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CSMS Magazine Staff Writers

Gambling in politic has always been riskier than going to an actual gambling booth to either win or lose money. As in other forms of risk-taking businesses, the higher the gamble, the greater the risk. So, Barack Obama seemed to indicate last night that he is willing to bet his entire presidency, or at least the next four years, on one hot-button issue: health care.  Of course the president is by no means the first to take on a health care initiative. Other presidents have done it in the past. However, what really differentiates him from the rest of his predecessors is that he appears determined to be the last. But will the gamble work?

The last president to tackle this issue with such intensity was Bill Clinton 15 years ago. Although political pundits are trying to make a sharp-edged comparison or to associate Clinton with Obama’s latest push, the differences between the two, at least on the approach, are almost diametrically at odds. Bill Clinton took a diehard, bullish approach that later forced the initiative to die on arrival. The Republicans in Congress were not prepared to be swayed by what they perceived as an arrogantly exclusivist agenda designed by Democrats at the “expense” of special interest groups and private insurance companies. The Republicans had successfully managed to portray Bill Clinton and his Democratic allies in Congress as uncompromising messengers on a mission to “socialize” Health Care. The legislation died, and 10 months later, Republicans won control of Congress, and health care just disappeared from the public agenda, though Clinton himself recovered to win a second term.        

Although Barack Obama faces the same obstacles that Bill Clinton faced, it is very unlikely that we will witness a repeated scenario.  In contrast, Obama has taken an amazingly different tone, preferring to focus on a bipartisan resolution; and Wednesday night speech before a joint session of Congress—despite the rhetoric—still confirmed Obama’s political desire to choose the promise of compromise over Clinton’s sharp-edged attitude. But pragmatism may not be enough to capture the elusive bi-partisanship that Obama is desperately seeking. Republicans in Congress are determined not to dance any political tango with a president, they believe, is a shrewd political tactician.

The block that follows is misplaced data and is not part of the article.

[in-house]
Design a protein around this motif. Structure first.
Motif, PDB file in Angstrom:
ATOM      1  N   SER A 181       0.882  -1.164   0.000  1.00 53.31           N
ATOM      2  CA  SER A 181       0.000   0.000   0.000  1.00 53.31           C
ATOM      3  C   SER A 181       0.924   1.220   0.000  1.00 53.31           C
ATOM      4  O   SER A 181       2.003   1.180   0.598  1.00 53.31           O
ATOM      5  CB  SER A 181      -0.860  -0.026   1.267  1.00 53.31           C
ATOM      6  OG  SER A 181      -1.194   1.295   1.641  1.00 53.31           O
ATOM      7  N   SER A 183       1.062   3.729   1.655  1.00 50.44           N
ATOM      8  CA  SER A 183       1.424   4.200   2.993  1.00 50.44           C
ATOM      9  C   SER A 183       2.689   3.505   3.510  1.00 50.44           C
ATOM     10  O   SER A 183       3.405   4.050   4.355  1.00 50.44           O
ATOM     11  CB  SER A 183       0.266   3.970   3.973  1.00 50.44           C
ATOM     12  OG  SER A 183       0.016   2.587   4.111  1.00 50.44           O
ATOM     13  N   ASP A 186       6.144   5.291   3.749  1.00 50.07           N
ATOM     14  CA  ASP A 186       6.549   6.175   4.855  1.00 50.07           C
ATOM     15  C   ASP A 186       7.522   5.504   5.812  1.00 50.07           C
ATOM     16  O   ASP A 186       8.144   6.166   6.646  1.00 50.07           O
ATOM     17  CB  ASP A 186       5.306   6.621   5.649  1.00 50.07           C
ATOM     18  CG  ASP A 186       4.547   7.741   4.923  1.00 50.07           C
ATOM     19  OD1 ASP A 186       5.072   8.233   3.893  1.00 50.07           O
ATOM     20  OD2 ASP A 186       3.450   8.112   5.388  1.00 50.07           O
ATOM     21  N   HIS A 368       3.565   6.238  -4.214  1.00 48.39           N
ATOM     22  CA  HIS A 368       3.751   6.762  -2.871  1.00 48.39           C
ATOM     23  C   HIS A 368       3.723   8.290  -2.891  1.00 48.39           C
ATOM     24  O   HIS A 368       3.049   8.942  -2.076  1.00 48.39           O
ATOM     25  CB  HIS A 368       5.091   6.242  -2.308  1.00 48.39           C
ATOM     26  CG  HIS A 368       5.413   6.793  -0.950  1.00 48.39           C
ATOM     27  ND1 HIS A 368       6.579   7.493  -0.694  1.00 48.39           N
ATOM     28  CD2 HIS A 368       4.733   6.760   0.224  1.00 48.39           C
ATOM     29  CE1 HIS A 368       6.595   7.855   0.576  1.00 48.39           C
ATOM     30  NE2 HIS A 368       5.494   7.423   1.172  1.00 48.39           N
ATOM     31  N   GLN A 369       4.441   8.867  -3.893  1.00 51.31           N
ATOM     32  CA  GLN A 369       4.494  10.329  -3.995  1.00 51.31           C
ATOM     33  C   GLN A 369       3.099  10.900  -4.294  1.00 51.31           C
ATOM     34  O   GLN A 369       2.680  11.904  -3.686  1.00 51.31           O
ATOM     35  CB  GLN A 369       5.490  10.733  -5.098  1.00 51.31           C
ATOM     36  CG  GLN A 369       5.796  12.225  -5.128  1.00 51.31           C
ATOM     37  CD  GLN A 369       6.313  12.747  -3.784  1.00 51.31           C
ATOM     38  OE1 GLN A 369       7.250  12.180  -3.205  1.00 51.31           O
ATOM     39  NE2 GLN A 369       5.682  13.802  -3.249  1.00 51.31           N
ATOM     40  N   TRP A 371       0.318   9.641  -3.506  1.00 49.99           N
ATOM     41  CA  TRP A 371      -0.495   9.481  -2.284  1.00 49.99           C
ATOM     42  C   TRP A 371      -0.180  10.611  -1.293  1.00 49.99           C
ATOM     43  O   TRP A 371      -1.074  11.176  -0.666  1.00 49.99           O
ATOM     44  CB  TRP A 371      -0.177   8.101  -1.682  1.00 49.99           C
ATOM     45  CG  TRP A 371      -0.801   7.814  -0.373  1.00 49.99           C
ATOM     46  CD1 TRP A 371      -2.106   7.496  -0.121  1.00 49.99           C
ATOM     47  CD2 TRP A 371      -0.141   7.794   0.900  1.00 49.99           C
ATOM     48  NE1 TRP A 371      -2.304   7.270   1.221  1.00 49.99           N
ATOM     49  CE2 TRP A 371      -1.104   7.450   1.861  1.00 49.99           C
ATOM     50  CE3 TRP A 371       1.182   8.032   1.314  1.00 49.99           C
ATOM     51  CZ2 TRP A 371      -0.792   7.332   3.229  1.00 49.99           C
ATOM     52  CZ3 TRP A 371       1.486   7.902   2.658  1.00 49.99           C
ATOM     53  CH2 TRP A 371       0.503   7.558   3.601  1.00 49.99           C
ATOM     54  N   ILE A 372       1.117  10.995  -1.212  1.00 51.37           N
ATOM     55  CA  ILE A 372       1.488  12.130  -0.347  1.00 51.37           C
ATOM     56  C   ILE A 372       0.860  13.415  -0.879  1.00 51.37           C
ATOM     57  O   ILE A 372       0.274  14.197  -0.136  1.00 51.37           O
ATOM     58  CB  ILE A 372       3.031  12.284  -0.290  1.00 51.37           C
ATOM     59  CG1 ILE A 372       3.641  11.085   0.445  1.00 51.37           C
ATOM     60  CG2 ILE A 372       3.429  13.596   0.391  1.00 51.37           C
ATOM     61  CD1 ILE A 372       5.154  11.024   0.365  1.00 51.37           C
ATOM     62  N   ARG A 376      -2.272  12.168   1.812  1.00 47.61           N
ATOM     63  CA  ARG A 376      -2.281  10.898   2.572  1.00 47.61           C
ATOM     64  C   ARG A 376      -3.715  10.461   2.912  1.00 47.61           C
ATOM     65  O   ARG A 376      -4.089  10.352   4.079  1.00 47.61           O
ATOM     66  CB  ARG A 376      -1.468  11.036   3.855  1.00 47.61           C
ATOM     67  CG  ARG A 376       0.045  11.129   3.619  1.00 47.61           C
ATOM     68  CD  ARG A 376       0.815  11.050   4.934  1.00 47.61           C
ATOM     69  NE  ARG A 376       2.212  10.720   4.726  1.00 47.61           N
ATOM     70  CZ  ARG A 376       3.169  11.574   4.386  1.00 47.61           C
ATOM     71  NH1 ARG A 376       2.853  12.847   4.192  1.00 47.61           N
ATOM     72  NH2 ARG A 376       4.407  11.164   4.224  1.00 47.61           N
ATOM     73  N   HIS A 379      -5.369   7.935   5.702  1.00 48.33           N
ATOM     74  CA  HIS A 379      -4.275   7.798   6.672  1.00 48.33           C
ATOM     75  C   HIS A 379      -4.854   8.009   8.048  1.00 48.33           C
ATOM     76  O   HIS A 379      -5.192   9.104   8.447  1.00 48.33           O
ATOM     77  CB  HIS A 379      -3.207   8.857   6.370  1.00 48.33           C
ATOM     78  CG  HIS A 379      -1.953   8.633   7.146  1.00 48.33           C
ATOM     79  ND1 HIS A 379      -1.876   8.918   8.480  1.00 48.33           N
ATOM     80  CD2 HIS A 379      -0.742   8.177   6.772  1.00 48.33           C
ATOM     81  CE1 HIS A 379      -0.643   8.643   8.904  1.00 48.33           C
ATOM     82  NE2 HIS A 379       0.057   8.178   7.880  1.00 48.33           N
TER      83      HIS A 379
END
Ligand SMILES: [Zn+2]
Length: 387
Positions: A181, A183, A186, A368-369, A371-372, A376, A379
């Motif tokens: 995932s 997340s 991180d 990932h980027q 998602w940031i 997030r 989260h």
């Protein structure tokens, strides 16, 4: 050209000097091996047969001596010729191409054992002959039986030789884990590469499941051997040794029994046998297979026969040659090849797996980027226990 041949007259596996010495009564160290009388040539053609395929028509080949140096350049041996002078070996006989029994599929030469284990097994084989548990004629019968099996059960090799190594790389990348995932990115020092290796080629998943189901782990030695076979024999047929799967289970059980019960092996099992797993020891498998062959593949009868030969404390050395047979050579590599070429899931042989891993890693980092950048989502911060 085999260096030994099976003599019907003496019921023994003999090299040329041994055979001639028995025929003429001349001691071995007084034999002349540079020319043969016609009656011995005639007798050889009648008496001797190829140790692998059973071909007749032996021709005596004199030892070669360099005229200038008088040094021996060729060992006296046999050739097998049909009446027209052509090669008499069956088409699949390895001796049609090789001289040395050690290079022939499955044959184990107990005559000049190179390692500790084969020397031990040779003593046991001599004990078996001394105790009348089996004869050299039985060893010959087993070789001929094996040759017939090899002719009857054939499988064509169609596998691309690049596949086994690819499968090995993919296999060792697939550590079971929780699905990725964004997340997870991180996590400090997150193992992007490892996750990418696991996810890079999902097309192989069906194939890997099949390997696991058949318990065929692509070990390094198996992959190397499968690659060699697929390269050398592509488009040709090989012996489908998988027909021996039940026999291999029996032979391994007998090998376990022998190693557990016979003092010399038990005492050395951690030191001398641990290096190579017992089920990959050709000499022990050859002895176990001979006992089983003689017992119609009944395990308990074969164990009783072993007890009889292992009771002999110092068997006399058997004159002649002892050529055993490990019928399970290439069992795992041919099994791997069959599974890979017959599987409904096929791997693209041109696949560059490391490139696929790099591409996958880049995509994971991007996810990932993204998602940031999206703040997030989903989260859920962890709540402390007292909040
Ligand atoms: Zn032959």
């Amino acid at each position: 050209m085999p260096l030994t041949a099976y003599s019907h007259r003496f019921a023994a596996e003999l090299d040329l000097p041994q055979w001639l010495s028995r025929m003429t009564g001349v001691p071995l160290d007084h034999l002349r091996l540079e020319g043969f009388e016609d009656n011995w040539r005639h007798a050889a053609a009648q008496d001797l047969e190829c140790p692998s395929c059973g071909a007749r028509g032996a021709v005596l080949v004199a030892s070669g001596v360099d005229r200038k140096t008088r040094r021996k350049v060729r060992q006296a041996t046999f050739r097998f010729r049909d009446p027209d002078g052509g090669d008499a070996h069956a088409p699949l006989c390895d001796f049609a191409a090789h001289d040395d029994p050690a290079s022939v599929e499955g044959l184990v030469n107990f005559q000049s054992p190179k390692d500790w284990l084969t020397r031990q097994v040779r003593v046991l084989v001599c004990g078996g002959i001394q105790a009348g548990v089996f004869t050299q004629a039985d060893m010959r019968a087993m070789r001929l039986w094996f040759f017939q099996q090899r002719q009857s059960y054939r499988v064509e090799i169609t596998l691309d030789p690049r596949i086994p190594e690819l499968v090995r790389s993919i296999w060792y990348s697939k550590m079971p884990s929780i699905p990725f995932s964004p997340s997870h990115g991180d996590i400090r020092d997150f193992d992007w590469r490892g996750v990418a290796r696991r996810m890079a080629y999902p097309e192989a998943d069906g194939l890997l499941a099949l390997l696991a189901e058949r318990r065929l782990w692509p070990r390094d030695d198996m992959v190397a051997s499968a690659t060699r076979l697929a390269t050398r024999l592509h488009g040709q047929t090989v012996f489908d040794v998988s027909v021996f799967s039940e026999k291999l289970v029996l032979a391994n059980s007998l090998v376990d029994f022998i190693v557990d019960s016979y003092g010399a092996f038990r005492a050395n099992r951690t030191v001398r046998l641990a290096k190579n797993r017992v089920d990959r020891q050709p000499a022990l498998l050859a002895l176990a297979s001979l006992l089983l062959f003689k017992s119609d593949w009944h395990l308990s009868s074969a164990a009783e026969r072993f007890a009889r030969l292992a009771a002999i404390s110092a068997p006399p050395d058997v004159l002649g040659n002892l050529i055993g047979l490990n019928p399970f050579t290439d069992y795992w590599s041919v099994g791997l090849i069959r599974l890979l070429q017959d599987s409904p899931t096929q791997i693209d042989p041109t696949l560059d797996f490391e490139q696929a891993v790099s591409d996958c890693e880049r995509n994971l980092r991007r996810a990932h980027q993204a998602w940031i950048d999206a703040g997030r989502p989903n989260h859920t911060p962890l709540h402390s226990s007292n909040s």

Since taking office last January, no legislation signed by Barack Obama was achieved with solid bi-partisan agreements. The Republicans bet their strategy of boycotting Obama on a practical realism that the majority of the electorate favors political consensuses as oppose to a go-it-alone approach. This is an altruism long factored-in by Obama strategists in Washington. “We must unite the party behind the president….That will happen once there is a clear-cut understanding of the plan across the board within the party,” declared David Axelrod, Obama’s chief political adviser.

Axelrod’s assertion is an implicit recognition that unless the Democrats are united behind the effort, Obama is most likely to fail. So, all the tough words we heard last night mostly aimed at forcing renegade Democrats to fall into line. “The time for bickering is over…..Now is the season for action,” Obama declared under thunderous applauses. But these lines were strategically injected into the speech to fire up his political base, to force the conservative Blue Dogs into a fait accompli and to put rejectionist Republicans into an outright defensive mode. Shame on “those who are trying to make short-term political gains at the expense of a long time problem,” Obama went on to say.  

Obama knows there is no chance of having a truly two-party approach to health care reform, and only a slim chance of dragging more than two or three Republicans aboard a Democratic bill. If there were any doubt, South Carolina Republican Rep. Joe Wilson seemed to have erased them all when he call Obama a liar, sending the nation into a chocking mode. Wilson was enraged over Obama’s remarks regarding illegal immigrants not being covered under his plan. But this is also when the gamble might very well play in Obama’s favor. He will benefit if voters view him as reasonable and Republicans as belligerents.

If all fails, the only alternative that will be left on the table is the option of a government-run insurance program. That also may be falling on deft ears, for Obama himself is not a big believer on such possibility, and he risks losing it all if he reluctantly moves ahead and the politically dubious Blue Dogs decide to boycott it as they have already promised.

Remember the stimulus fight? Many Democrats have learned an important lesson. The Administration bragged on winning significant Republican support, but it was flatly rebuffed. Now, the strategy is two-fold: Demonstrate a willingness to talk with Republicans while dismissing their “advice” like Senate Minority Leader Mitch McConnell (R-Ky.) who is asking that he [Obama] start the process from scratch. But, for better or for worse, Obama is moving ahead – “even if it means using reconciliation, a last-ditch procedural maneuver that allows him to pass legislation with a simple majority rather than a filibuster-proof majority.”

Also see Relentless rightwing attacks and dwindling poll numbers have forced Obama to change tactics 

Obama’s contrition to the Muslim world: Will it work? 

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Moqtada al-Sadr: The terrible headache to US plan in Iraq

 Iraq: The beat goes on and on 

 The execution of Saddam Hussein: Was justice served?

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